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Bonnie & Vern L. Bullough Book Award: Howard Chiang
Bonnie & Vern L. Bullough Book Award: Howard Chiang

Transtopia in the Sinophone Pacific


As a broad category of identity, “transgender” has given life to a vibrant field of academic research since the 1990s. Yet the Western origins of the field have tended to limit its cross-cultural scope. Howard Chiang proposes a new paradigm for doing transgender history in which geopolitics assumes central importance. Defined as the antidote to transphobia, transtopia challenges a minoritarian view of transgender experience and makes room for the variability of transness on a historical continuum. Against the backdrop of the Sinophone Pacific, Chiang argues that the concept of transgender identity must be rethought beyond a purely Western frame. At the same time, he challenges China-centrism in the study of East Asian gender and sexual configurations. Chiang brings Sinophone studies to bear on trans theory to deconstruct the ways in which sexual normativity and Chinese imperialism have been produced through one another. Grounded in an eclectic range of sources—from the archives of sexology to press reports of intersexuality, films about castration, and records of social activism—this book reorients anti-transphobic inquiry at the crossroads of area studies, medical humanities, and queer theory. Timely and provocative, Transtopia in the Sinophone Pacific highlights the urgency of interdisciplinary knowledge in debates over the promise and future of human diversity.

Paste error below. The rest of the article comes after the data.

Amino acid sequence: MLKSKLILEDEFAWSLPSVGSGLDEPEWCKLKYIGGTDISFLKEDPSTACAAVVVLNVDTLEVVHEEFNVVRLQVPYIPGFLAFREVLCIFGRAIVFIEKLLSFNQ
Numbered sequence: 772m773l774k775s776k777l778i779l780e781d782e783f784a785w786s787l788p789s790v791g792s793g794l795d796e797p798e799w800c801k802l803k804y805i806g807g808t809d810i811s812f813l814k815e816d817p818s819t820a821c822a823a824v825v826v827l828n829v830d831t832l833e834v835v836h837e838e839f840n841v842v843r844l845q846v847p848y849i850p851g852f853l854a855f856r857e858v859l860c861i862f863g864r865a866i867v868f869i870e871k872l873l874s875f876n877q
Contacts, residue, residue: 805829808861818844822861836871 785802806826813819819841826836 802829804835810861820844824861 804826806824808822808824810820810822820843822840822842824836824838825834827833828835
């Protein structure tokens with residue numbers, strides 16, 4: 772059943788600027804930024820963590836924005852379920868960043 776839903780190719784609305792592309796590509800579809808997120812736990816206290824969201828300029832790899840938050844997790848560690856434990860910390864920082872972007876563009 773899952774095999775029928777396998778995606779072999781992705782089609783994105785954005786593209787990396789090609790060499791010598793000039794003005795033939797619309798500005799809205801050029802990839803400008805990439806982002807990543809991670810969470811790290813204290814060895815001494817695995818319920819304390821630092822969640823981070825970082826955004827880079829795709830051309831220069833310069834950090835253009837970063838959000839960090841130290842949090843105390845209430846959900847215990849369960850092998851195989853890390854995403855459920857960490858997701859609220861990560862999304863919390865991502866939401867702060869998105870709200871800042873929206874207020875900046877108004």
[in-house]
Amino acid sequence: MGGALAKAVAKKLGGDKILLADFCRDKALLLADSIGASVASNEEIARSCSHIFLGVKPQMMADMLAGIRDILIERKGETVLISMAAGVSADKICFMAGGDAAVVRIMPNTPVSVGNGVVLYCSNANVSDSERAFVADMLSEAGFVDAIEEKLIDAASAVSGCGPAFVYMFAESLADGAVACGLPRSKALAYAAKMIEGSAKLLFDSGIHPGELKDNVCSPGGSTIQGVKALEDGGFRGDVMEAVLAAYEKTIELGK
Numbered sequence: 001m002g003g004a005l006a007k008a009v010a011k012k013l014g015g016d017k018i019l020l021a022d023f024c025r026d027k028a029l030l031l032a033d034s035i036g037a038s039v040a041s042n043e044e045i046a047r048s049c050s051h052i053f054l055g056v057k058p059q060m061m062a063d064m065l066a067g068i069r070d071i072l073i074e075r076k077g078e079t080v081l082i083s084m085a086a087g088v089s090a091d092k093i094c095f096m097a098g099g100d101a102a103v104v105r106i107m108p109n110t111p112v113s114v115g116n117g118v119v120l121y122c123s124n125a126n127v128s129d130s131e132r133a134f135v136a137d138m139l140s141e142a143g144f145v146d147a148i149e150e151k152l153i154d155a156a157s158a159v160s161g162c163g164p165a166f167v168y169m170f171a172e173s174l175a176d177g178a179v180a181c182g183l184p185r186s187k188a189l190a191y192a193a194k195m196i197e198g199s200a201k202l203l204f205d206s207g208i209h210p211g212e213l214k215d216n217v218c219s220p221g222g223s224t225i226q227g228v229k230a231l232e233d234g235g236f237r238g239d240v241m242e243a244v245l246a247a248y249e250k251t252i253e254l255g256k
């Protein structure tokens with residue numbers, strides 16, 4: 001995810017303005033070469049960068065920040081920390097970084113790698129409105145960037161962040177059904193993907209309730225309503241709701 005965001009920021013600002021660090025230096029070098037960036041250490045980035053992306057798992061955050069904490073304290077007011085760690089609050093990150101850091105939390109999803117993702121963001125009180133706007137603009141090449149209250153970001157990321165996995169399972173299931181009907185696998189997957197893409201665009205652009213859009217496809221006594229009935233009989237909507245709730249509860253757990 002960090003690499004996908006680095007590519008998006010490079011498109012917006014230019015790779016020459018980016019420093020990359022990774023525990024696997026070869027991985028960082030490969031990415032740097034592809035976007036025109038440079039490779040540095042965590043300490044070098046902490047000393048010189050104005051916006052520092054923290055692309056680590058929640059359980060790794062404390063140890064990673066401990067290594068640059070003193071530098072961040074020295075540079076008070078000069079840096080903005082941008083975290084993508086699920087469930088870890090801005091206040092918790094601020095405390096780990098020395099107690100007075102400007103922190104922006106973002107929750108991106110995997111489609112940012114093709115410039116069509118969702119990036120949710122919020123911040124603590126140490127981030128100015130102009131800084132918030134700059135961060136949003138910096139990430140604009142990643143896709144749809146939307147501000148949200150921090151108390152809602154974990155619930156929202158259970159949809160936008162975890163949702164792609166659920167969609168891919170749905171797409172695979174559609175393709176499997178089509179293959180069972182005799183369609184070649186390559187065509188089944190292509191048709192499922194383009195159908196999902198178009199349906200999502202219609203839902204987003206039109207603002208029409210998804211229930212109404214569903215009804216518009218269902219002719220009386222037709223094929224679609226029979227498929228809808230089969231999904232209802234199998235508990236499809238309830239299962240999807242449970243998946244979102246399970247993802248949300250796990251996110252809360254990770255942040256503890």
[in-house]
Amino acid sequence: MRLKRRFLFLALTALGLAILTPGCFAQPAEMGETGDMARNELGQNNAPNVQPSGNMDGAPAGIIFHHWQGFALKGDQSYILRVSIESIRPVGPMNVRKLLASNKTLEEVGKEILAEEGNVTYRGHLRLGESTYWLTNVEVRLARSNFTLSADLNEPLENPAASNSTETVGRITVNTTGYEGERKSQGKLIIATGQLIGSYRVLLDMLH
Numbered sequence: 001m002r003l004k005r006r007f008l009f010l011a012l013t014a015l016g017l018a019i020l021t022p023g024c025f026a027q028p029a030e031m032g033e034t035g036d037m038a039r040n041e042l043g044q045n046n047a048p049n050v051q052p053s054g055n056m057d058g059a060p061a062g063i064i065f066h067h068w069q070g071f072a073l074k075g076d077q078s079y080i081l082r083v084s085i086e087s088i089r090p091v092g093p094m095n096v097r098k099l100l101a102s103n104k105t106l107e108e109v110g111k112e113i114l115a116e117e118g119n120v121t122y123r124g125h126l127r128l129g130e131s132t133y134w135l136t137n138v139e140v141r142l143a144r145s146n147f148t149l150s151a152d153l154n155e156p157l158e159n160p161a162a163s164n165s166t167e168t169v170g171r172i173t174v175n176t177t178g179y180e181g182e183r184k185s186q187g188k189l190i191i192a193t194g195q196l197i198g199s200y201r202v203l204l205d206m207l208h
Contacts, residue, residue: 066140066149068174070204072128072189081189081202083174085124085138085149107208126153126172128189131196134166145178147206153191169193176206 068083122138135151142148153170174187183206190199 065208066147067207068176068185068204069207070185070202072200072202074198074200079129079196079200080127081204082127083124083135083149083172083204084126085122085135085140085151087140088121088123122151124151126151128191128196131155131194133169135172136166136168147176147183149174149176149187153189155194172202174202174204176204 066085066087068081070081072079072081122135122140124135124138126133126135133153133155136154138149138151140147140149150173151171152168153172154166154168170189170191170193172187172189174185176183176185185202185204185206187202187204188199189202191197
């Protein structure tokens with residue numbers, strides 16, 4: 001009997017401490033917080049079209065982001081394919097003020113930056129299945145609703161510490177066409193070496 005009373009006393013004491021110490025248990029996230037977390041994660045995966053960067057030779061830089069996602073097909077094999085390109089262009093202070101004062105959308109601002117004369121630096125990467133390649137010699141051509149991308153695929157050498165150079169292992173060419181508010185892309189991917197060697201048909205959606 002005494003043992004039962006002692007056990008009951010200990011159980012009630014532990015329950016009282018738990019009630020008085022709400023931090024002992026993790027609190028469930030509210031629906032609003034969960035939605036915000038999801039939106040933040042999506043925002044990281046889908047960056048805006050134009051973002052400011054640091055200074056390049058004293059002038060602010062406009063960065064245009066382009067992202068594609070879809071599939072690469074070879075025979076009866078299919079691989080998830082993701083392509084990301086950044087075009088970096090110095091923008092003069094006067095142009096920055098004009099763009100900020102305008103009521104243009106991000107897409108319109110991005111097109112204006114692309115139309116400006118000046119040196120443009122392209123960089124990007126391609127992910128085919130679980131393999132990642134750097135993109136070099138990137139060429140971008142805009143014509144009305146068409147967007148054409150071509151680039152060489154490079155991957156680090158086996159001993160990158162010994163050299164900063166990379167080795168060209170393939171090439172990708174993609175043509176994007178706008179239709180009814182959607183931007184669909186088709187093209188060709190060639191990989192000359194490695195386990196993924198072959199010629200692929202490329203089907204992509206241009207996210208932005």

Presented at the Awards Ceremony - Date/Time TBA

Meet Dr. Chiang at the Oral Presentation - Date/Time TBA




Howard Chiang, PhD

(he/him/his)

Associate Professor

Department of History

University of California, Davis

https://howardchiang.faculty.ucdavis.edu